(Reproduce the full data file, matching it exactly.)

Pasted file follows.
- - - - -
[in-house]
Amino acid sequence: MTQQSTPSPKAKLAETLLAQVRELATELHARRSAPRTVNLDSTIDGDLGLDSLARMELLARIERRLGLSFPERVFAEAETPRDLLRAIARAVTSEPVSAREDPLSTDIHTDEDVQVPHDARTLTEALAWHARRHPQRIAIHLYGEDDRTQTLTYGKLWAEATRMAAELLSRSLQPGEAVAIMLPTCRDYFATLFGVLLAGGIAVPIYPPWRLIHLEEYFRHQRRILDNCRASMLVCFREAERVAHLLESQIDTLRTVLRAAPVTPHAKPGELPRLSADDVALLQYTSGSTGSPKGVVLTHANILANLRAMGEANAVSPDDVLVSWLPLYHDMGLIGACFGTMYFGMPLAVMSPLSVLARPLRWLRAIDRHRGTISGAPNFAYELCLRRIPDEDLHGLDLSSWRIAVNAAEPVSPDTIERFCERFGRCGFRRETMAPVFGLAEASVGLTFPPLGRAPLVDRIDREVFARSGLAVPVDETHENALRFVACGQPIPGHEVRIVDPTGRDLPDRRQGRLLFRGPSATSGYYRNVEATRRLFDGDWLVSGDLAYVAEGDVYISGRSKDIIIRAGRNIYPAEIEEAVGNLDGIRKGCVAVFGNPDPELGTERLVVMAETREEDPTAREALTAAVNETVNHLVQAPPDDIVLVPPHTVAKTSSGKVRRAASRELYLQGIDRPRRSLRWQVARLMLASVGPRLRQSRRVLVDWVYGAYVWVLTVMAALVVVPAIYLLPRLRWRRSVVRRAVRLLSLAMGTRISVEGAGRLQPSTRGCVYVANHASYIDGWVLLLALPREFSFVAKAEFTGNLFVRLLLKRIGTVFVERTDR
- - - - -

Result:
[in-house]
Amino acid sequence: MTQQSTPSPKAKLAETLLAQVRELATELHARRSAPRTVNLDSTIDGDLGLDSLARMELLARIERRLGLSFPERVFAEAETPRDLLRAIARAVTSEPVSAREDPLSTDIHTDEDVQVPHDARTLTEALAWHARRHPQRIAIHLYGEDDRTQTLTYGKLWAEATRMAAELLSRSLQPGEAVAIMLPTCRDYFATLFGVLLAGGIAVPIYPPWRLIHLEEYFRHQRRILDNCRASMLVCFREAERVAHLLESQIDTLRTVLRAAPVTPHAKPGELPRLSADDVALLQYTSGSTGSPKGVVLTHANILANLRAMGEANAVSPDDVLVSWLPLYHDMGLIGACFGTMYFGMPLAVMSPLSVLARPLRWLRAIDRHRGTISGAPNFAYELCLRRIPDEDLHGLDLSSWRIAVNAAEPVSPDTIERFCERFGRCGFRRETMAPVFGLAEASVGLTFPPLGRAPLVDRIDREVFARSGLAVPVDETHENALRFVACGQPIPGHEVRIVDPTGRDLPDRRQGRLLFRGPSATSGYYRNVEATRRLFDGDWLVSGDLAYVAEGDVYISGRSKDIIIRAGRNIYPAEIEEAVGNLDGIRKGCVAVFGNPDPELGTERLVVMAETREEDPTAREALTAAVNETVNHLVQAPPDDIVLVPPHTVAKTSSGKVRRAASRELYLQGIDRPRRSLRWQVARLMLASVGPRLRQSRRVLVDWVYGAYVWVLTVMAALVVVPAIYLLPRLRWRRSVVRRAVRLLSLAMGTRISVEGAGRLQPSTRGCVYVANHASYIDGWVLLLALPREFSFVAKAEFTGNLFVRLLLKRIGTVFVERTDR